Chikungunya Virus Spreads to More Popular Travel Destinations

You may need to bring bug spray along with your bathing suit on your next trip to the Caribbean. Time Warner Cable News’ Valerie D’Elia explains why in this travel report.

Since 2013, several of the islands have had cases of a viral disease with a silly name – Chikungunya.

There is enough confusion over the mosquito-transmitted disease that a Time Warner Cable News employee was hospitalized and suspected of contracting it after returning with similar symptoms.

"I remember one young doctor mentioning to me it could be this thing Chikungunya," says Will Germain.

With roots in the Caribbean, Chikungunya is now spreading far and wide, as evidenced in a map updated weekly by the Centers for Disease Control.

The virus sounds like how it makes people feel.

“The joints become so weakened and painful, the person assumes a chicken-like stance, and that is what the name is derived from,” says travel medicine specialist Dr. Alexander Lupenko.

The Chikungunya mosquitoes generally bite in the daytime, and once infected, most people become symptomatic in three to seven days.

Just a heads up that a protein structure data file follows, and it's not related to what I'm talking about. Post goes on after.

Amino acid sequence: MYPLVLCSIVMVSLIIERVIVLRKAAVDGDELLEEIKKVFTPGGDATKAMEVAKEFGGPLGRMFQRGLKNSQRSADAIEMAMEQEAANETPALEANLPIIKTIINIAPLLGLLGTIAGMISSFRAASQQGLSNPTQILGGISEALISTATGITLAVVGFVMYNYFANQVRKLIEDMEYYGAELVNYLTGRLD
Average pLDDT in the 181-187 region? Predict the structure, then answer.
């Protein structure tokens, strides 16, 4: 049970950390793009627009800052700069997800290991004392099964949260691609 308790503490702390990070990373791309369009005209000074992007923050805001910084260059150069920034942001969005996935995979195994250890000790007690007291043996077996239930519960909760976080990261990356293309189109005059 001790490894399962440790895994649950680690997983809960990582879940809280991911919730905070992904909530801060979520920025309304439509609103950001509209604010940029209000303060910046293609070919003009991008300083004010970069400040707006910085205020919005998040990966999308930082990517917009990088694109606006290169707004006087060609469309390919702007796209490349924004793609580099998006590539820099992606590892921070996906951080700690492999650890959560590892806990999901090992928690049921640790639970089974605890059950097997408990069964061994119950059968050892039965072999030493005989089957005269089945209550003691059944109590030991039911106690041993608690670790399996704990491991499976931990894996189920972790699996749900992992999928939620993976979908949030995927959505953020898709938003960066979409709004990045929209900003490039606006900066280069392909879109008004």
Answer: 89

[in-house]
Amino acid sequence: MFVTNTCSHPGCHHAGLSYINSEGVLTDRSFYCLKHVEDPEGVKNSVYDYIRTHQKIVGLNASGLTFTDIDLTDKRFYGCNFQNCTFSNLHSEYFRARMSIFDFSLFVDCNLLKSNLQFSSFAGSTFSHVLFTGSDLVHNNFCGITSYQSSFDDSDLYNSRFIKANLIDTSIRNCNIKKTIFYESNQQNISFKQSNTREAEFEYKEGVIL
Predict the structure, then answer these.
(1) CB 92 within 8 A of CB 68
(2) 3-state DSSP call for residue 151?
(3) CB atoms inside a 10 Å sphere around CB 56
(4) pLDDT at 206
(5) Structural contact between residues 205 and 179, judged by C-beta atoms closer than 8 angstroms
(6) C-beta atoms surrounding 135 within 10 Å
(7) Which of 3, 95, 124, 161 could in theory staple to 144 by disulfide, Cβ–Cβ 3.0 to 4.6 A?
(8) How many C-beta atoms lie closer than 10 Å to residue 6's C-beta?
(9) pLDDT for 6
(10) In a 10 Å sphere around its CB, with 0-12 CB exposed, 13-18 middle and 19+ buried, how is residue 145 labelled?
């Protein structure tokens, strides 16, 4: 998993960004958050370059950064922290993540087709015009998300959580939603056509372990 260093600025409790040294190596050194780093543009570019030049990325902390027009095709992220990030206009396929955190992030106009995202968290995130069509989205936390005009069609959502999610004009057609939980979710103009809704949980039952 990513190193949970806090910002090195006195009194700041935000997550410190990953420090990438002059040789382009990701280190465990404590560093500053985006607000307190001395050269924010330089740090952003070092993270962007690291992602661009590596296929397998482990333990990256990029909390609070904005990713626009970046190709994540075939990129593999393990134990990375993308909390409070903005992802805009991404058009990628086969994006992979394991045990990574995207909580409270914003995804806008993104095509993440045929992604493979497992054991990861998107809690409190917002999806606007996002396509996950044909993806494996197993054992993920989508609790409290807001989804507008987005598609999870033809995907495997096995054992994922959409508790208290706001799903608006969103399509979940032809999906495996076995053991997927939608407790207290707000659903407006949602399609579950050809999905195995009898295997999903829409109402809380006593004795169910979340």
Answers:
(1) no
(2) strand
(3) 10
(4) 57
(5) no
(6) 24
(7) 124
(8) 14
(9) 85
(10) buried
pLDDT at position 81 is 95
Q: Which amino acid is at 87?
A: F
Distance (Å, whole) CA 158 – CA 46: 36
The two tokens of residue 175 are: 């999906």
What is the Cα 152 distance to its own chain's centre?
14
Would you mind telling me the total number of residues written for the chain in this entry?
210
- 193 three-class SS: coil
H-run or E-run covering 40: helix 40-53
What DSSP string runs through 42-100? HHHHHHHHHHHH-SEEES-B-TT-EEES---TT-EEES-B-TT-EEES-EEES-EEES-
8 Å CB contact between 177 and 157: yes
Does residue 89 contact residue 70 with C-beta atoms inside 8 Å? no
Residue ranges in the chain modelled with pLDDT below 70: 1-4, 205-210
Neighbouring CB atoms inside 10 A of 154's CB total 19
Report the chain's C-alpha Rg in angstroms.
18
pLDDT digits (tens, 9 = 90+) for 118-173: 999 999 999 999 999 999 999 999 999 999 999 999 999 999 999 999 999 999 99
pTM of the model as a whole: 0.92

“The onset of the disease is sudden, with a sudden fever, of over 102, sudden, severe joint pains, nausea and vomiting, headaches, cramps, sometimes ocular symptoms, in more severe cases, the heart, liver and kidneys,” says Lupenko.

It usually takes 7 to 10 days to recover after a regimen of bed rest and fluids. The virus is rarely fatal.

Precautions include avoiding mosquito exposure by using bug spray with DEET, staying inside air-conditioned rooms and covering up when outside.

For more information about the Chikungunya virus, visit the CDC website.

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